Download e-book for iPad: Anthropology in the Public Arena: Historical and by Jeremy MacClancy

By Jeremy MacClancy

This articulate and authoritative survey of either the preferred and educational developments in anthropology demonstrates the extensive relevance of anthropological wisdom and argues for a extra inclusive belief of the self-discipline that engages the general public imagination.

  • Demonstrates the evolving social contexts of British anthropological thought and perform from the mid-19th century
  • Highlights the significance of renowned anthropology in forming and maintaining the pro discipline
  • Explores the prior and current cross-fertilization of anthropologists, scientists and well-known literary figures
  • Assesses the pioneering efforts on-line to boost the position of anthropology in public debates
  • Appeals to a broader readership drawn to cultural and highbrow history

Chapter 1 Beating the boundaries of self-discipline? (pages 1–57):
Chapter 2 John Layard, “Study of a Failure” (pages 58–80):
Chapter three Geoffrey Gorer, “Britain's Margaret Mead” (pages 81–109):
Chapter four Robert Graves (pages 110–134):
Chapter five Mass remark (pages 135–157):
Chapter 6 The Literary picture of the Anthropologist (pages 158–183):
Chapter 7 Parting reviews (pages 184–192):

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Extra info for Anthropology in the Public Arena: Historical and Contemporary Contexts

Example text

Similarly he never openly questioned the consequences of his evidence for belief in Christianity, though the point was not lost on many. The writings of Frazer greatly boosted the audience for anthropology created by his popular predecessors. In 1910 Marrett was able to complain, in somewhat self-pitying tones, just how fashionable the subject had become: To show that anthropology is becoming popular is, perhaps, superfluous. The fact is almost painfully borne in upon anyone who has allowed his anthropological leanings to become known to the world.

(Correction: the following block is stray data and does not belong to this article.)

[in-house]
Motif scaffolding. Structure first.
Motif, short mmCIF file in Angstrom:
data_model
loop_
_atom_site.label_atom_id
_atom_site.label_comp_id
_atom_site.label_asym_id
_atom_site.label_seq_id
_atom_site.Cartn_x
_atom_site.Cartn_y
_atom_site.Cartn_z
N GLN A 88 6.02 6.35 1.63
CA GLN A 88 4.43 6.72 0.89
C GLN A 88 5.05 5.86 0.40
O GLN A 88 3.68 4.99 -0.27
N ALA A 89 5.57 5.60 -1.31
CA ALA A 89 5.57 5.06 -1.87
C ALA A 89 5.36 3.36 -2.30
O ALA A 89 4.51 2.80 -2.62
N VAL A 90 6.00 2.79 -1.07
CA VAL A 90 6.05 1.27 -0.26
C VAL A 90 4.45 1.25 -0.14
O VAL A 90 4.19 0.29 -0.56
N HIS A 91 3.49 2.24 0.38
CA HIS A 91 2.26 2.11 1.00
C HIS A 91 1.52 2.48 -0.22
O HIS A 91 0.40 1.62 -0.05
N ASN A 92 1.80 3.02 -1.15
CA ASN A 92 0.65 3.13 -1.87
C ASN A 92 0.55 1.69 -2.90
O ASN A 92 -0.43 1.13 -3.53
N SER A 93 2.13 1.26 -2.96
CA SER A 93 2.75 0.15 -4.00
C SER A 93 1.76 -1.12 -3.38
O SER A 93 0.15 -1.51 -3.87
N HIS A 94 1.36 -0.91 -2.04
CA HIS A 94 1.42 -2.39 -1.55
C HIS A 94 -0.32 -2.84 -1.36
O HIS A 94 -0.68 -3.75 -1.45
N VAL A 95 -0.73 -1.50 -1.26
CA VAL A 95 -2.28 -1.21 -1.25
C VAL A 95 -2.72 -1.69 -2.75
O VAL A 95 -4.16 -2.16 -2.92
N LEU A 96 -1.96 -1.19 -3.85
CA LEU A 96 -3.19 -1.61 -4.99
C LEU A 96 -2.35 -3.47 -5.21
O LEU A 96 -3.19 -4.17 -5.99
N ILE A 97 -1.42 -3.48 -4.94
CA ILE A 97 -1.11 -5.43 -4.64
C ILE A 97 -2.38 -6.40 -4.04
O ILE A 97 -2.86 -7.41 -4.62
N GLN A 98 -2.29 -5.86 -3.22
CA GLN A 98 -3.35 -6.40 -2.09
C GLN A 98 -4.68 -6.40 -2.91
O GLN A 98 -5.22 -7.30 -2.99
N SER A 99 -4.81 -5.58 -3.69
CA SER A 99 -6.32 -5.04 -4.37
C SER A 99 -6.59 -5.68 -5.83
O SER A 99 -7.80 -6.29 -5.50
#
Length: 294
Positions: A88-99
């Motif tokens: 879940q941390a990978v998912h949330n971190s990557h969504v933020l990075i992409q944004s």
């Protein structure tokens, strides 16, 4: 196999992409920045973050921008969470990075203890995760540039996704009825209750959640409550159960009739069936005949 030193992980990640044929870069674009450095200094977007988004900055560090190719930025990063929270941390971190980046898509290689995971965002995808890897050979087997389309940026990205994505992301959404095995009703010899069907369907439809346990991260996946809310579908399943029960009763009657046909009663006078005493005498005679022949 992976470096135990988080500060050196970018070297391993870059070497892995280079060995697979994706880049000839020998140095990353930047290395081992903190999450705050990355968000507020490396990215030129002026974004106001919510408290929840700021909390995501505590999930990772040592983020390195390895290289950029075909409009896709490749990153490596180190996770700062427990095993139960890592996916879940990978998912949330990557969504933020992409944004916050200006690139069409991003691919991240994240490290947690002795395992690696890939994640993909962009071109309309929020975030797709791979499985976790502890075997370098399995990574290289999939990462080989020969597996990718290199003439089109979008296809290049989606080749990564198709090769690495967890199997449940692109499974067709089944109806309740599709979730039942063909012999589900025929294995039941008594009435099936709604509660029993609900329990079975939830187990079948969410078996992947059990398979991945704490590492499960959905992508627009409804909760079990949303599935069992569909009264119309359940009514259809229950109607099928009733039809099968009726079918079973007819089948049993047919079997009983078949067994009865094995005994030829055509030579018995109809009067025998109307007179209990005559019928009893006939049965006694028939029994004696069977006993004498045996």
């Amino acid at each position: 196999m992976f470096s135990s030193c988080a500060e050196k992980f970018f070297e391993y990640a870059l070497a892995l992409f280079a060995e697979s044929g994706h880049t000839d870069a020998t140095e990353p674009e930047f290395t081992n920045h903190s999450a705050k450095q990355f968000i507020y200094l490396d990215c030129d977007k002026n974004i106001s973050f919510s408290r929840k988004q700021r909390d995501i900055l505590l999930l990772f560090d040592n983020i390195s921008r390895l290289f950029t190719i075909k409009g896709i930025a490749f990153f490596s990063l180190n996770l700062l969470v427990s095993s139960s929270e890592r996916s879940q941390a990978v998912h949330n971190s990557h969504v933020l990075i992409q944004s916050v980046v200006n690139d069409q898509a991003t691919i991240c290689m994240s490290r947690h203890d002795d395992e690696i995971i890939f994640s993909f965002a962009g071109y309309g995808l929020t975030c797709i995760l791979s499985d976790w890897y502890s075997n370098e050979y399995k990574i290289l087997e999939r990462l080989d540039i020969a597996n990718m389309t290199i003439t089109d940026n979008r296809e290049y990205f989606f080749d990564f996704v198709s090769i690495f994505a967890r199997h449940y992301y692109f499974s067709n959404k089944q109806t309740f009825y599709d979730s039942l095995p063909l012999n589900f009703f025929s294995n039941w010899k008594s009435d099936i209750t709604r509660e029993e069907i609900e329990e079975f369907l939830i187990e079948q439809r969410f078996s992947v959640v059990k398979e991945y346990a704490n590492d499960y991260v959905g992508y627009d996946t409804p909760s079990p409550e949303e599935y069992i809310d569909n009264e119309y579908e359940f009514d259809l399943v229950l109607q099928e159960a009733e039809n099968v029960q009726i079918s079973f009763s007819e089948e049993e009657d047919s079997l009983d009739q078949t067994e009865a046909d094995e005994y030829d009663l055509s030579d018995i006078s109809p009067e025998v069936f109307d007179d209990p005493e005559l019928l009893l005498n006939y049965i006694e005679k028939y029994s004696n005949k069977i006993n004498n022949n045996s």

Edward Clodd and Grant Allen are two exemplars of this sector of our story. Clodd, whose reading of Tylor had freed him from Christian myth, was a prolific popularizer, penning numerous articles and reviews in leading journals (McCabe 1932). He was among the first to incorporate anthropology into the evolutionary epic, an established genre of popular science, producing versions for both children and adults. The Childhood of the World (Clodd 1873), a juvenile primer on evolutionary anthropology which interpreted the Bible in anthropological terms, sold 20,000 copies in six years; his Story of Creation (Clodd 1888) sold over 5,000 in its first three months (Lightman 2007: 253–266; Haynes 2012).

When, in mid-1950s Oxford, Evans-Pritchard became openly hostile to John Layard (as discussed in chapter 2), junior members of the department who had fraternized with Layard quickly learnt to avoid the man. According to Layard, they had been “schooled” and obeyed. One confessed he did not dare acknowledge his debt to Layard as Evans-Pritchard held “the purse strings and the preferments” (Layard to Evans-Pritchard 30 x 1957, UR6/ANT/8, File 1, OUAS). In these conditions the hegemons did not need to impose discipline in a nakedly tyrannical manner, as the up and coming, thinking of their future, learnt to step in line.

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